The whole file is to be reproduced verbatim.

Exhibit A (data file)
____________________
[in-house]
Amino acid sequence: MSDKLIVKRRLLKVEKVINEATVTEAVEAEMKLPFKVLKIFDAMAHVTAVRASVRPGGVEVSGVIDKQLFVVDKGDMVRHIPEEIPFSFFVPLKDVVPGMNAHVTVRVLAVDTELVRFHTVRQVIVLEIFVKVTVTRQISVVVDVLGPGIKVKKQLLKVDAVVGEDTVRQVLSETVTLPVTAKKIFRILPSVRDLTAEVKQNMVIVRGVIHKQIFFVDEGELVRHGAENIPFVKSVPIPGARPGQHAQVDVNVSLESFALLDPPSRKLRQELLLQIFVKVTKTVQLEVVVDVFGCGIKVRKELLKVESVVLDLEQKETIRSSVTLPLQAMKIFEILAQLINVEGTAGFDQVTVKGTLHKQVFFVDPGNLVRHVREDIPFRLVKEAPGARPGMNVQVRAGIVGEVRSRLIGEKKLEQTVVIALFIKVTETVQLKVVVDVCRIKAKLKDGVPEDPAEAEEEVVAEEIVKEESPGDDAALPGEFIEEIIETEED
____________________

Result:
[in-house]
Amino acid sequence: MSDKLIVKRRLLKVEKVINEATVTEAVEAEMKLPFKVLKIFDAMAHVTAVRASVRPGGVEVSGVIDKQLFVVDKGDMVRHIPEEIPFSFFVPLKDVVPGMNAHVTVRVLAVDTELVRFHTVRQVIVLEIFVKVTVTRQISVVVDVLGPGIKVKKQLLKVDAVVGEDTVRQVLSETVTLPVTAKKIFRILPSVRDLTAEVKQNMVIVRGVIHKQIFFVDEGELVRHGAENIPFVKSVPIPGARPGQHAQVDVNVSLESFALLDPPSRKLRQELLLQIFVKVTKTVQLEVVVDVFGCGIKVRKELLKVESVVLDLEQKETIRSSVTLPLQAMKIFEILAQLINVEGTAGFDQVTVKGTLHKQVFFVDPGNLVRHVREDIPFRLVKEAPGARPGMNVQVRAGIVGEVRSRLIGEKKLEQTVVIALFIKVTETVQLKVVVDVCRIKAKLKDGVPEDPAEAEEEVVAEEIVKEESPGDDAALPGEFIEEIIETEED